The 4,000-page report detailed sweeping failures in the care and safety of these children, and complicity by the church and government.
"Government, church and school officials were well aware of these failures and their impact on student health," the authors wrote. "If the question is, 'who knew what when?' the clear answer is: 'Everyone in authority at any point in the system's history.'"
Students were often housed in poorly built, poorly heated, and unsanitary facilities, the report said. Many lacked access to trained medical staff and were subject to harsh and often abusive punishment.
The squalid health conditions, the report said, were largely a function of the government's resolve to cut costs.
"We have records in our archives of school administrations arguing with the Indian affairs government at the time about who was going to pay for the funerals of students," Ms Scott said. "They would do it all at minimal expense."
What do we know about the search for missing children across Canada?
Research by the TRC found that thousands of Indigenous children sent to residential schools never made it home.
Physical and sexual abuse led some to run away. Others died of disease or by accident amid neglect. As late as 1945, the death rate for children at residential schools was nearly five times higher than that of other Canadian schoolchildren. In the 1960s, the rate was still double that of the general student population.
"Survivors talked about children who suddenly went missing. Some talked about children who went missing into mass burial sites," said TRC chair Murray Sinclair in a statement on Wednesday.
Other survivors spoke of infants fathered by priests at the school, taken from their mothers at birth and thrown into furnaces, he said.
In 2015, it was estimated some 6,000 children had died while at residential schools. So far, more than 4,100 children have been identified.
"We know there are lots of sites similar to Kamloops that are going to come to light in the future," Mr Sinclair said this week. "We need to begin to prepare ourselves for that."
What has been done?
In 2015, the TRC issued 94 calls to action, including six recommendations regarding missing children and burial grounds. Prime Minister Trudeau promised to "fully implement" all of them.
- According to a running count by the CBC, 10 of the projects have been completed, 64 are in progress and 20 have not begun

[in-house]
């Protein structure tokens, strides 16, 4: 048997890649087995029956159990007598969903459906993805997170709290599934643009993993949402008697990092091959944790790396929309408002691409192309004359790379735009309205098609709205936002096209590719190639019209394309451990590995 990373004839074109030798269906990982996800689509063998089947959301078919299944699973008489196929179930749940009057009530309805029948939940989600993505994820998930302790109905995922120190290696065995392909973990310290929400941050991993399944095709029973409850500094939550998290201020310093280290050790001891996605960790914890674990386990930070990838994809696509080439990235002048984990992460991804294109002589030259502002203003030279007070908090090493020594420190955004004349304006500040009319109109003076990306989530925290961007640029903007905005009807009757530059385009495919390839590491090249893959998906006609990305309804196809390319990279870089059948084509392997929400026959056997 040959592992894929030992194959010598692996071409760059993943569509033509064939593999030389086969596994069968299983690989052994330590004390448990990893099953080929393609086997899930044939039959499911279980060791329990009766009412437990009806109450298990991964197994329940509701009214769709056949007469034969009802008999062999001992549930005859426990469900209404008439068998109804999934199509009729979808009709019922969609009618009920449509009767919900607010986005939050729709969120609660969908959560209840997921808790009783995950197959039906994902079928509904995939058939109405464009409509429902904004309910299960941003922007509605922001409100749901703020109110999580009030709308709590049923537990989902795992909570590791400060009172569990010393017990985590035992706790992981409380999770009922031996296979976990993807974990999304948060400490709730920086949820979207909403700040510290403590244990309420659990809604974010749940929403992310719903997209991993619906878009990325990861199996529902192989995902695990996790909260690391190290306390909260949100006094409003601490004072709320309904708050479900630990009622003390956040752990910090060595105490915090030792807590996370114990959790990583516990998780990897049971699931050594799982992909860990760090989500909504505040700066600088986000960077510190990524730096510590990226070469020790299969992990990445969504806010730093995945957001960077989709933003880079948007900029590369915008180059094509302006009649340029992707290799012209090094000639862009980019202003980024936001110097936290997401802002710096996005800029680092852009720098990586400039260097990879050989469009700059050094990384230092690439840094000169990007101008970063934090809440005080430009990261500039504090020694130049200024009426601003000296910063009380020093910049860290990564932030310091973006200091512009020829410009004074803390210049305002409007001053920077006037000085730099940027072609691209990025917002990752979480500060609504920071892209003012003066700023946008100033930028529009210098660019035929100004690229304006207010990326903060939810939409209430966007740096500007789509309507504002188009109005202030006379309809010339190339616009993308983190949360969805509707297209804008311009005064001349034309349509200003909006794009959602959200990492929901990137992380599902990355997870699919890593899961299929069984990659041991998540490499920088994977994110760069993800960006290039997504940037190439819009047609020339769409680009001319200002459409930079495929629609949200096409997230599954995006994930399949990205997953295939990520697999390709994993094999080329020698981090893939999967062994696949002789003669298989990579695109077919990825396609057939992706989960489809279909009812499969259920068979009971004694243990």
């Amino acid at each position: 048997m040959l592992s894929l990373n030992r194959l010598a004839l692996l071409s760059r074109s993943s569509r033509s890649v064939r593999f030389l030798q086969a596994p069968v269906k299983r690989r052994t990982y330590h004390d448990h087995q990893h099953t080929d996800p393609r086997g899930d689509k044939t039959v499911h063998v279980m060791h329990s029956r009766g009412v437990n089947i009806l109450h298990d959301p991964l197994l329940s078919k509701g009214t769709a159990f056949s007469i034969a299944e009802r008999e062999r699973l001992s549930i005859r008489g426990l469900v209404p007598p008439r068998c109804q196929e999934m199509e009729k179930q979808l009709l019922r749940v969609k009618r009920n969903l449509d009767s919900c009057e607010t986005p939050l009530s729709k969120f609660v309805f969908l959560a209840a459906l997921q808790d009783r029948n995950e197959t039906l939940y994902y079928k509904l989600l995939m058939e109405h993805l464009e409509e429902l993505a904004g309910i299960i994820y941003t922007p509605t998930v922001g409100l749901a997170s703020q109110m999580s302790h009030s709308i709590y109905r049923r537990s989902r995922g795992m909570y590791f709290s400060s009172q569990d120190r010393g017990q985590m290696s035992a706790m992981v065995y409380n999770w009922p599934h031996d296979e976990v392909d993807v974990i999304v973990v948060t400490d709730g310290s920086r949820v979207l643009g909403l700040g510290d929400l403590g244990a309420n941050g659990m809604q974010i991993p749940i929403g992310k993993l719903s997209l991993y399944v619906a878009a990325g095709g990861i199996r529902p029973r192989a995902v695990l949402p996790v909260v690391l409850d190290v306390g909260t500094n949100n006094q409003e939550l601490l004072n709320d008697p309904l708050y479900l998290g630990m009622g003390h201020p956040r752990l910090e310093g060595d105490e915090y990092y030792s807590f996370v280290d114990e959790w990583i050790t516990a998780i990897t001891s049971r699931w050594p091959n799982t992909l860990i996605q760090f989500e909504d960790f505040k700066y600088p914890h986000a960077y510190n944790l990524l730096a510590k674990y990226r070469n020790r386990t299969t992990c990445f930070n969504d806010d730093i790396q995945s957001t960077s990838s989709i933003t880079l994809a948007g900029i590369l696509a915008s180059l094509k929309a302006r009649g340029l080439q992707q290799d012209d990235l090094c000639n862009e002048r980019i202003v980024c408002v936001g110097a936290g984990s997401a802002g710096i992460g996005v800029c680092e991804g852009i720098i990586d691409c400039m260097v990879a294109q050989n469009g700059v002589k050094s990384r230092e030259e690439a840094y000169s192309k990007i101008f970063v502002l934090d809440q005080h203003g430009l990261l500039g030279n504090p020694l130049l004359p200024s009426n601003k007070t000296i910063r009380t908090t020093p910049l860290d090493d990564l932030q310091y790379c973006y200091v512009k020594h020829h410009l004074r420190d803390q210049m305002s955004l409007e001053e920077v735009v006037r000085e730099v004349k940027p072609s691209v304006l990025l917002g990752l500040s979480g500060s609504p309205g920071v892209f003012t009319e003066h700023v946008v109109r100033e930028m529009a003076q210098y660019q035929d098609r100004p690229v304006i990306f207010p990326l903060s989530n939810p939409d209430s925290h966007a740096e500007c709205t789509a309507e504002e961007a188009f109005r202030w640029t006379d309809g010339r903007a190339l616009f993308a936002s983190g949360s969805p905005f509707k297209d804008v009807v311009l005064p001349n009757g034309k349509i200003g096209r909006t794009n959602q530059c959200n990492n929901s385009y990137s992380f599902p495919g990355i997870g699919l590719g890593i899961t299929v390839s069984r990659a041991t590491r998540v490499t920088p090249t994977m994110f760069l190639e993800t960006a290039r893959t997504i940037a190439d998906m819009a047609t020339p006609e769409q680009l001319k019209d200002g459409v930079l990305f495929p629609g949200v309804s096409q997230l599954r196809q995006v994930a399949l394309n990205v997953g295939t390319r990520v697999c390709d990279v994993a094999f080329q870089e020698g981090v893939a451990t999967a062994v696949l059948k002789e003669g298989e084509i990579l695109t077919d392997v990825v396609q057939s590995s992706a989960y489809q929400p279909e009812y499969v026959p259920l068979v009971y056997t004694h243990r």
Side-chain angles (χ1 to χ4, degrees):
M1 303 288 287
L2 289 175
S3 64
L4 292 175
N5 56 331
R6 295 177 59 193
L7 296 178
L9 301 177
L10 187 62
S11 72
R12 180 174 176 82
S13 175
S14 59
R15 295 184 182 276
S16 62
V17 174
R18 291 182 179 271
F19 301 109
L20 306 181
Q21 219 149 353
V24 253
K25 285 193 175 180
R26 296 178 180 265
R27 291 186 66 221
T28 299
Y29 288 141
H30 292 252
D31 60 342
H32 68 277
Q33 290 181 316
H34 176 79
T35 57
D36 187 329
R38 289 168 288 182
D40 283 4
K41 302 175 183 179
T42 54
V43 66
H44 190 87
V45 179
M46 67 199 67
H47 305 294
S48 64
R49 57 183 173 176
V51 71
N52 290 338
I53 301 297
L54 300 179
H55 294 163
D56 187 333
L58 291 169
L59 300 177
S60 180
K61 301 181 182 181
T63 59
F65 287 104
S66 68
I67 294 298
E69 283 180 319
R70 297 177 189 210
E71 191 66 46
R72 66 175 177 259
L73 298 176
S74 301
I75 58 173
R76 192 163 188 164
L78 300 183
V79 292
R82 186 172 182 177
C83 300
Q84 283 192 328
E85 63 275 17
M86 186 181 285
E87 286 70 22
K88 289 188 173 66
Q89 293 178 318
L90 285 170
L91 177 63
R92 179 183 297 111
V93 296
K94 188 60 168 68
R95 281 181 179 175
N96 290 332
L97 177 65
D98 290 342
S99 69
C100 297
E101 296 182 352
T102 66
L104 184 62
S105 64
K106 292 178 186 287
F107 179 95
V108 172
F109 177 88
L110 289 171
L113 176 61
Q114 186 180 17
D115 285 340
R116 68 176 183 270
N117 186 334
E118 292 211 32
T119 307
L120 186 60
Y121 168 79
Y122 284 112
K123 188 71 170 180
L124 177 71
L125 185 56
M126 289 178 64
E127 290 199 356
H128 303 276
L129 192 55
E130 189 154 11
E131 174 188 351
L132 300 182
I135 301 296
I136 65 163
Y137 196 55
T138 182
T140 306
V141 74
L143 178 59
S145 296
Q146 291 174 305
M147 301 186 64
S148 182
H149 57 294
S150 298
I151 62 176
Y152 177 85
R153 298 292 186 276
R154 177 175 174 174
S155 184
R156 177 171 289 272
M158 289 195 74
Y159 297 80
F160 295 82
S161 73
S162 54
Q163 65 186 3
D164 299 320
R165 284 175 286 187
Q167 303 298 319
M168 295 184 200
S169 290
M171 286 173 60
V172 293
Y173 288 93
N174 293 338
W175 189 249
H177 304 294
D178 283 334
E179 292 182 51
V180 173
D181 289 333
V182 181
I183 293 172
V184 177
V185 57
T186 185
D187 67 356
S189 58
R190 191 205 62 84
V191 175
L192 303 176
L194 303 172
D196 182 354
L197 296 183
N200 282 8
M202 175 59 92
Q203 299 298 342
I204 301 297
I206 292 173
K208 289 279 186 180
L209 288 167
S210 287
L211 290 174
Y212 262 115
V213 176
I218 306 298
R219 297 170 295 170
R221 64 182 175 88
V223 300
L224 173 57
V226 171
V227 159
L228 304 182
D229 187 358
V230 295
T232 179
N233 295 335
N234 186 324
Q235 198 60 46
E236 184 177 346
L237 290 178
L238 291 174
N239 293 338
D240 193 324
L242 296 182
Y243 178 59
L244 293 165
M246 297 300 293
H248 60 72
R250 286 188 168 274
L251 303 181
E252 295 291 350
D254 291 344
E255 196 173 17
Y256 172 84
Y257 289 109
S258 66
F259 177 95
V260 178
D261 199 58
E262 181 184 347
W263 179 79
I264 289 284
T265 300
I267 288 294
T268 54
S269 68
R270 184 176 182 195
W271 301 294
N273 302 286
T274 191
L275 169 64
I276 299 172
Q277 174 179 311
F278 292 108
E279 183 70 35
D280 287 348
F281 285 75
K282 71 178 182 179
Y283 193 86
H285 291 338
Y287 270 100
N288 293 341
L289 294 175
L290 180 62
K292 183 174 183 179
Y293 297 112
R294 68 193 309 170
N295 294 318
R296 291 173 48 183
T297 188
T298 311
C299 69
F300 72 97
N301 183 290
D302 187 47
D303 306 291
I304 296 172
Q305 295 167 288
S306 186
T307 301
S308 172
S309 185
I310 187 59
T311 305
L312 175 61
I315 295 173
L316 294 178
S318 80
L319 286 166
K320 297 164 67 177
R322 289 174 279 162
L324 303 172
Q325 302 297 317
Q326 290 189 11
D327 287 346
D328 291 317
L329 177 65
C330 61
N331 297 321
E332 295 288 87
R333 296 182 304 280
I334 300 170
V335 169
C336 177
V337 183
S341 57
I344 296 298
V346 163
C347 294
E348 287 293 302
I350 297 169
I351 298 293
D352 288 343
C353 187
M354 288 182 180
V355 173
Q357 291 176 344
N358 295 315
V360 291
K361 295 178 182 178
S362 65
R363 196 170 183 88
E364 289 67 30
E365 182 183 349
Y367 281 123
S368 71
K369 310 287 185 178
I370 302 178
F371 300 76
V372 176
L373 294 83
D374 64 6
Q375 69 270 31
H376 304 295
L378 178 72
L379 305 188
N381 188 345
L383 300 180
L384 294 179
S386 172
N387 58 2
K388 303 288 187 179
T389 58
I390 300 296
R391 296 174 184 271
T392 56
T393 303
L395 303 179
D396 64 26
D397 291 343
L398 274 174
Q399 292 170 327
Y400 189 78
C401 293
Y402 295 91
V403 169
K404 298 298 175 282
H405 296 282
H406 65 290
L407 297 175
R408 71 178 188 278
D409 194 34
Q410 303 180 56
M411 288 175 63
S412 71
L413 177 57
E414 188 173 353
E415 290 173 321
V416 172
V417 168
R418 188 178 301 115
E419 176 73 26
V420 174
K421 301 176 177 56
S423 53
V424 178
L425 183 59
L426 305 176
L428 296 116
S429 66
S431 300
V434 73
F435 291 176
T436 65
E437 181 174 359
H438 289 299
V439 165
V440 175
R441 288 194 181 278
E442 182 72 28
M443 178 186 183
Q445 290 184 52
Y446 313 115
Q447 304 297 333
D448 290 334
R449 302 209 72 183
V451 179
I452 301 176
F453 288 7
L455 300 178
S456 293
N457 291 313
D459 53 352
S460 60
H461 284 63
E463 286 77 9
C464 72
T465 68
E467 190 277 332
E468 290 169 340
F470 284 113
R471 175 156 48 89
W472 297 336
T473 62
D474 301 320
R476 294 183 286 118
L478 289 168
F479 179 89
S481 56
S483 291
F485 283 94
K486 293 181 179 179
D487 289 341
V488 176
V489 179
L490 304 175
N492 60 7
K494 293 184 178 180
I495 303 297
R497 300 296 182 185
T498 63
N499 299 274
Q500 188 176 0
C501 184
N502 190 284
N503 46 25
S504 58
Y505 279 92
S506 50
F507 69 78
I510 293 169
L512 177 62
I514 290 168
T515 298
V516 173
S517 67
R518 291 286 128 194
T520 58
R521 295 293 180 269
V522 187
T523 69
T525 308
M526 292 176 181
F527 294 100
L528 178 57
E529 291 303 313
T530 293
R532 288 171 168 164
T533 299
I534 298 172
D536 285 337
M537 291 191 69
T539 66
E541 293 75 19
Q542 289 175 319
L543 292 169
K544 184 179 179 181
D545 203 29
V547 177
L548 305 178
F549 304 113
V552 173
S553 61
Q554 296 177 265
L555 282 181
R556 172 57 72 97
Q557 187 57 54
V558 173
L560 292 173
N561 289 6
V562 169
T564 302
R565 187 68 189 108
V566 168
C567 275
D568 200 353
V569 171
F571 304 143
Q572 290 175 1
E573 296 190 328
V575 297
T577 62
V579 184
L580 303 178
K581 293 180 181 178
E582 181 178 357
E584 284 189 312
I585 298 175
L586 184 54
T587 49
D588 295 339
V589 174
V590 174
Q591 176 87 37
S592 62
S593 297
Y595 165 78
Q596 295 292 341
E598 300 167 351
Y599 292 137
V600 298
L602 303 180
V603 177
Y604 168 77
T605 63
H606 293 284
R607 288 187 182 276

- The TRC, struck in 2009, fought for the issue of unmarked burial sites to be included in its mandate
- In 2019, the government committed C$33.8m ($28m; £19.8m) over three years to develop and maintain a school student death register and set up an online registry of residential school cemeteries
- So far, the National Centre for Truth and Reconciliation says it has received just a fraction of this money
What has been the reaction?
This week, Mr Trudeau said he was "appalled" by Canada's legacy of residential schools and pledged "concrete action" - but provided few details.
"Trudeau has been willing to move on this, he's got a lot of words, but we really need to see action," Ms Scott said.
Ms Scott, along with Chief Bellegarde and other Indigenous leaders, have pressed the government for a thorough investigation of all 130 former school sites to find any unmarked graves.
These children have been "discarded", Chief Bellegarde said. "That's not acceptable."
The preliminary findings have also renewed demands for an apology from the Catholic Church - one of the calls to action in the TRC report.
In 2017, Mr Trudeau asked Pope Francis to apologise for the church's role in running Canada's residential schools - but the church has so far declined.
The United, Anglican and Presbyterian churches issued formal apologies in the 1980s and 1990s.
An apology from the Catholic church would be "healing", said Chief Bellegarde. "It's part of closing that wound."
News of the discovery has also spurred a global response, prompting statements from Human Rights Watch and the United Nations.